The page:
Dr. Kiran C. Patel

Our Faculty and Staff

William Keller, Ph.D.

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Title:

Professor - Medical Education

Department:

Pathology

College/Division:

Dr. Kiran C. Patel College of Allopathic Medicine

William J. Keller, Ph.D., professor of medical neurosciences has been teaching medicals students and residents for over 30 years. He is internationally recognized for his many contributions to the advancement in medical education and medical neurosciences. A native of Pompano Beach, Florida he attended the University of Florida, Gainesville where he earned a BA in psychology and was actively engaged in neurology and neuropsychology research, investigating unilateral neglect and cerebral lateralization of information processing. Upon graduation he moved to the frozen Midwest, where he earned a MA in clinical psychology at Ball State University, located in Muncie, Indiana, and completed research investigating the reversal of cerebral asymmetries, as a function of visual half-field presentation of verbal and spatial stimuli.

Upon graduation he moved to Houston Texas to work at the Texas Research Institute of Mental Sciences (now a part of the University of Texas Medical School), located in the heart of the Texas Medical Center, and completed research focusing upon neurocognitive and neuroelectrophysiological changes appearing in early stages of Alzheimer’s disease and in the severely violent criminal juvenile offender. He earned a Ph.D. in clinical neuropsychology from the University of Houston, where his research focused on the neuroelectrophysiological changes appearing in early Alzheimer’s disease and mood disorders resulting from neurologically based movement disorders. He relocated to California, upon completion of the Ph.D. degree, where he continued research into human neurocognitive processing while serving as Co-Director of the Neurocognitive Laboratory, University of California San Francisco School of Medicine. Soon he discovered his enjoyment in teaching residents and medical students. After providing clinical and consulting services for over 15 years, in both outpatient and inpatient hospital settings, and teaching only part-time, he returned to the medical school classroom full-time. He has been teaching medical neurosciences to first and second-year medical students for the past 20 years and has remained active in maximizing student success, within very demanding medical school curricula.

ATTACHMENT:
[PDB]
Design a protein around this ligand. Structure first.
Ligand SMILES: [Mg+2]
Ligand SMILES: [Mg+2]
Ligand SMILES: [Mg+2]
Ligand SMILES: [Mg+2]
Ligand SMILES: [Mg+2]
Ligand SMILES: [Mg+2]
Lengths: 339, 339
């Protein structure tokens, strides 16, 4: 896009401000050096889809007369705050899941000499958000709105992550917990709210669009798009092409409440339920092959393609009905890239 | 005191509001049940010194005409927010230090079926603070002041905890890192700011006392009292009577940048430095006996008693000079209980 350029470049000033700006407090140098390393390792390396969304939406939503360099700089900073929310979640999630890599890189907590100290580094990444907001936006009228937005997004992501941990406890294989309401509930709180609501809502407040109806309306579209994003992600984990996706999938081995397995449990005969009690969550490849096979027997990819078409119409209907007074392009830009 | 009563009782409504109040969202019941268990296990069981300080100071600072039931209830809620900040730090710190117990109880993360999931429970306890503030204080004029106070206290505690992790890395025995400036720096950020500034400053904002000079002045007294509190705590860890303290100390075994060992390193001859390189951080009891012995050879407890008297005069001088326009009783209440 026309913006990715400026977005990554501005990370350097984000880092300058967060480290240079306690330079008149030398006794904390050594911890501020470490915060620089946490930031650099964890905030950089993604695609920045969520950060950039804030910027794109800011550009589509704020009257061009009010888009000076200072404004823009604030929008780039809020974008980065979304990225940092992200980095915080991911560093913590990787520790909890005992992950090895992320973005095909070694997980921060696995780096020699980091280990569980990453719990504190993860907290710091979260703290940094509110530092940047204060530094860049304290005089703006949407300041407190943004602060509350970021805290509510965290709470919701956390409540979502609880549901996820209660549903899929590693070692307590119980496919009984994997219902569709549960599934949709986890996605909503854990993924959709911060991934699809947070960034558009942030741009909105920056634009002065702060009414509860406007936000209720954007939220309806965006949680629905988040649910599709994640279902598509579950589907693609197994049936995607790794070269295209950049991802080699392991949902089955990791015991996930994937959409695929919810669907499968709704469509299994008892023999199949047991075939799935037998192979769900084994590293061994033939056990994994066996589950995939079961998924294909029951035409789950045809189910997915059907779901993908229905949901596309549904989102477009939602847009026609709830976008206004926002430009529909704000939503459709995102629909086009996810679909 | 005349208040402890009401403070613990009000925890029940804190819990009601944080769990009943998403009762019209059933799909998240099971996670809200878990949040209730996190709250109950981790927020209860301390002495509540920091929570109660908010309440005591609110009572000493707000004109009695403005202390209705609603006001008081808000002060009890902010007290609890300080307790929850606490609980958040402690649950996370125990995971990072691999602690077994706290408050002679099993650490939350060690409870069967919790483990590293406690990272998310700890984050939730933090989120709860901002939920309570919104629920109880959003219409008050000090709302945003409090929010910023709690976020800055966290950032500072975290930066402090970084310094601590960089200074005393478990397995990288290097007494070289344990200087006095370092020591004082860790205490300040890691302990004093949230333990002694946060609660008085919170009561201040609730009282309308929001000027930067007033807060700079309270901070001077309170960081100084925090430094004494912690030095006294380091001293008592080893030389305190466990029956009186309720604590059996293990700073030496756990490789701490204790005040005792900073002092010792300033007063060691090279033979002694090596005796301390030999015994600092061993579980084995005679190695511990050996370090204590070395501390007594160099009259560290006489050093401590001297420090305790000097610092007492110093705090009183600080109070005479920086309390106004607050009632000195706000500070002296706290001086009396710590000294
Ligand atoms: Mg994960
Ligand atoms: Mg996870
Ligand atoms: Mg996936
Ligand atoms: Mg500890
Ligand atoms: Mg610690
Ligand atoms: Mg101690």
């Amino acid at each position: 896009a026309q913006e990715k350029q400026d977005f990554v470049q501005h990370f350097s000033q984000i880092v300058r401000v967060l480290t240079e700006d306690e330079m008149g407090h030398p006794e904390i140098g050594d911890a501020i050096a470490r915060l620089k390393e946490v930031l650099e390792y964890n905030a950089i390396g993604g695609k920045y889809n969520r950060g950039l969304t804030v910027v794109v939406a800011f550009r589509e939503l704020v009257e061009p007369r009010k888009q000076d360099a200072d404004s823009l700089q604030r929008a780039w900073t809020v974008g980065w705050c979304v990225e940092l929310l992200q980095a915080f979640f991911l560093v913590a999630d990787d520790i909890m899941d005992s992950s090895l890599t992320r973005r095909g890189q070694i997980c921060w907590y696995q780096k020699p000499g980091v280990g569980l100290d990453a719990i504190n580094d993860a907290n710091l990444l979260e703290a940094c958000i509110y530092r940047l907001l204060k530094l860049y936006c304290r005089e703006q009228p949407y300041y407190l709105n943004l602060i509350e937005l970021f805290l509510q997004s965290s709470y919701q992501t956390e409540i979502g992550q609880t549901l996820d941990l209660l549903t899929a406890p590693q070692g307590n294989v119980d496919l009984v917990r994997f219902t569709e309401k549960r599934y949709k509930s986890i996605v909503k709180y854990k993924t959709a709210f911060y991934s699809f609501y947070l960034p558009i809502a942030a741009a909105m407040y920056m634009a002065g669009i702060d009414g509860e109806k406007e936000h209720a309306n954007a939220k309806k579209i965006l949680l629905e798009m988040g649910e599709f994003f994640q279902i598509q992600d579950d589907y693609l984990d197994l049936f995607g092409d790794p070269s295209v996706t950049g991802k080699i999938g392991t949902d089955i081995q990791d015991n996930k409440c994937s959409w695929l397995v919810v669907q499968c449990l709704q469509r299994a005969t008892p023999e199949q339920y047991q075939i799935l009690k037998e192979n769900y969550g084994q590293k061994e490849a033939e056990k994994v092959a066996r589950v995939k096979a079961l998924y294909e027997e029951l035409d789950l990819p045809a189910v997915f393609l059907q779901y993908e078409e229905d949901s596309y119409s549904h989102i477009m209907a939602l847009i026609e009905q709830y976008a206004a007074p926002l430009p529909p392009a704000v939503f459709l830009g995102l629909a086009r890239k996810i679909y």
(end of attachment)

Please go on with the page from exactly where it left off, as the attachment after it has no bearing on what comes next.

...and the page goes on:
One of his many joys and rewards associated with teaching and training medical students is the opportunity to work with medical students to identify an area of interest to them, conceptualize, design, analyze, and successfully execute a meaningful research project, and then present their findings to the professional medical community, by way of presenting at national society meetings and publication in professional journals. He shares the beliefs of most faculty, educating and training medical students is so much more than disseminating content and process information within the classroom. It is a process of providing resources and opportunities for medical students to develop academically, professionally, and personally to ensure excellence in medical care to all future patients.